Feb 16, 2011 11:55 PM by Jim Hummel
Two astrophysicists at the University of Louisiana at Lafayette say they may have found evidence of a ninth planet in the solar system.
"We've predicted it, but we're not the one's looking for it," said professor Dan Whitmire.
Whitmire and his colleague, Dr. John Matese first discovered the evidence 12 years ago, but say now they have more data to back their claims. They've been studying a remote area at the edge of the solar system called the Oort cloud, which is a collection of space debris, including comets. They say about 20% of the comets have abnormal orbits, which suggest interference from a large mass.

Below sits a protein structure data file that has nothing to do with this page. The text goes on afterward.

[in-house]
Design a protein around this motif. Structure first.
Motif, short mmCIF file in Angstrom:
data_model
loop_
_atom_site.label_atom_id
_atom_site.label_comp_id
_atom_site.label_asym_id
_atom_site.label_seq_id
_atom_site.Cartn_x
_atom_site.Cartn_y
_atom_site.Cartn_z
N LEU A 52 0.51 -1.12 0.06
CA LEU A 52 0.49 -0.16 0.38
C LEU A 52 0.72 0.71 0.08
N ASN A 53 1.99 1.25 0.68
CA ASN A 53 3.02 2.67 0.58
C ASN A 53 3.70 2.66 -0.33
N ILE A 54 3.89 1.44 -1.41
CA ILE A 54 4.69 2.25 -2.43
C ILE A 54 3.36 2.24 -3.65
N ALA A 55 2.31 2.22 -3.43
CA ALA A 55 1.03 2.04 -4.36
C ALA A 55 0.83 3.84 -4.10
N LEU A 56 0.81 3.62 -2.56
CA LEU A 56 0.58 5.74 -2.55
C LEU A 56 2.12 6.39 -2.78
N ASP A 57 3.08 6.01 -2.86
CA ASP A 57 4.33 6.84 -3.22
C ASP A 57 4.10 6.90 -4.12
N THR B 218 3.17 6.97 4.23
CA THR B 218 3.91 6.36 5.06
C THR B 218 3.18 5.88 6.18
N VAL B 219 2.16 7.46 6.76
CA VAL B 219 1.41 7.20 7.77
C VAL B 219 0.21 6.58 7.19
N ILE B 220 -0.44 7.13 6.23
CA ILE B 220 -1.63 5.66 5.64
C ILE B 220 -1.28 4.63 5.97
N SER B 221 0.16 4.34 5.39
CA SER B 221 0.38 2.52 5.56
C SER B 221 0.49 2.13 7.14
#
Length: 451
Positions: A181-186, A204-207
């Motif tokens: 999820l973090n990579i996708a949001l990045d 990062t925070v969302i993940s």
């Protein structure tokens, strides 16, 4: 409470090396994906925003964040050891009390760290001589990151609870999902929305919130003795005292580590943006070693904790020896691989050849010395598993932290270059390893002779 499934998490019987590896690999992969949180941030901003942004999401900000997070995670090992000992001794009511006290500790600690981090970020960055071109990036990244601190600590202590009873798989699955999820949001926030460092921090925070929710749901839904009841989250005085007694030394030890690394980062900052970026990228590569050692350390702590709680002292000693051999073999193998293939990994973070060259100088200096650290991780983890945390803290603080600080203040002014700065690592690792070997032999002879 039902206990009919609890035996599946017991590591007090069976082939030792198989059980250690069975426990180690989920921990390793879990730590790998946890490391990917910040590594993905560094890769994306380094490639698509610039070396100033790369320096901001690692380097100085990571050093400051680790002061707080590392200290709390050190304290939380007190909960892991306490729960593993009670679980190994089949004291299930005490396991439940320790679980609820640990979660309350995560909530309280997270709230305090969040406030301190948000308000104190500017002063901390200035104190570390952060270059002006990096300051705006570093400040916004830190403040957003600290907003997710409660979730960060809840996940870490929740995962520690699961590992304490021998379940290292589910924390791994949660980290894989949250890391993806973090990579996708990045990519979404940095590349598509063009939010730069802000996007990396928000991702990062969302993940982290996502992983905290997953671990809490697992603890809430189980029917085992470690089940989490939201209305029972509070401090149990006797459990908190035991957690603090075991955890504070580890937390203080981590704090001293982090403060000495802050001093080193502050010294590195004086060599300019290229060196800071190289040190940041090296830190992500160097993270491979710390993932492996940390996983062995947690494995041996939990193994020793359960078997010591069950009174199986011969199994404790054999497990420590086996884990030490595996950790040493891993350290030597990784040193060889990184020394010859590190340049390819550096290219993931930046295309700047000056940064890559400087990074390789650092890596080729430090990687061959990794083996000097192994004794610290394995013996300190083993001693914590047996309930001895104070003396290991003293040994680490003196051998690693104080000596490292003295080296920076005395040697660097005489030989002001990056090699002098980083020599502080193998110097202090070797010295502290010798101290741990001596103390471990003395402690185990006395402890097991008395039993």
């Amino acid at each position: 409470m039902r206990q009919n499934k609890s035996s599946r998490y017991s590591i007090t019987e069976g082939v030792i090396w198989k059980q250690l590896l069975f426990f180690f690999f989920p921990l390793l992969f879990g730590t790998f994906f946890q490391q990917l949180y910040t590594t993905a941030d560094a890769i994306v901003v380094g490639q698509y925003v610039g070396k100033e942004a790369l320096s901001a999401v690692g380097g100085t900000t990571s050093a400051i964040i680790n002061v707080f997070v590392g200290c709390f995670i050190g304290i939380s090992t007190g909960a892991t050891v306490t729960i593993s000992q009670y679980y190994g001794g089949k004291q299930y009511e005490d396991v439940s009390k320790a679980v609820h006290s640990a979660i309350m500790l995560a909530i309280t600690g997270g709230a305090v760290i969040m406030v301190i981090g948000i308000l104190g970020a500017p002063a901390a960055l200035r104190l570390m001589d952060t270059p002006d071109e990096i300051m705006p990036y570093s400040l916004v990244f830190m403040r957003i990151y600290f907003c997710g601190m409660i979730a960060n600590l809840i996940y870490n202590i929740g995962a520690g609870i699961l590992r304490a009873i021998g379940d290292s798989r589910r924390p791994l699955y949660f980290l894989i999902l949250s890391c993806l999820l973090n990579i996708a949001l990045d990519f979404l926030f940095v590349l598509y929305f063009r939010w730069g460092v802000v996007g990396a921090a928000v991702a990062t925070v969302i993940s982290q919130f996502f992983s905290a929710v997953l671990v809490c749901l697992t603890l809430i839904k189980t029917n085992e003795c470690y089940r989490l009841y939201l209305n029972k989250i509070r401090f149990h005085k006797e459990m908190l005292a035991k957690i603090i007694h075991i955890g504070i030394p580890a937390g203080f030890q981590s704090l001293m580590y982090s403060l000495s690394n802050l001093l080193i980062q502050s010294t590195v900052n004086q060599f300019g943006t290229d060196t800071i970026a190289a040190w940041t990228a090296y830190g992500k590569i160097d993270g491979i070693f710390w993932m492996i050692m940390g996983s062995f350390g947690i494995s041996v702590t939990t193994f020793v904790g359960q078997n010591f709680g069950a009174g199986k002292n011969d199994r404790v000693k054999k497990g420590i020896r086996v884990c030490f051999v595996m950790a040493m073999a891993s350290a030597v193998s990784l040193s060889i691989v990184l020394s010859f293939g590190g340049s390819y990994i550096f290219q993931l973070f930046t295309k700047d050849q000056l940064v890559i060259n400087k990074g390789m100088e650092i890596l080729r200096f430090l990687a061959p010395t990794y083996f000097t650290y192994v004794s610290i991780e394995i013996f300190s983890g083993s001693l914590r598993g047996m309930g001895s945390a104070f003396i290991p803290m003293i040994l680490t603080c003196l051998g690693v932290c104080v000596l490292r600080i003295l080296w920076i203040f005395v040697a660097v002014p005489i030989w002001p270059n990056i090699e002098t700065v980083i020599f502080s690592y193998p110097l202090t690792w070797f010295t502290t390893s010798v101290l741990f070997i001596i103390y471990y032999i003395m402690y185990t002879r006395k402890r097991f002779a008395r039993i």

"We explain this in terms of a giant planet, about one to four times the mass of Jupiter," said Whitmire.
Whether it exists or not, the planet is known as Tyche. Whitmire and Matese say their data will be compared with information from NASA and a satellite telescope known as Wide-Field Infrared Survey Explorer (WISE). They say within two years their notion should be falsified or verified, and if they're right: "We'll be very excited," Whitmere exclaimed.
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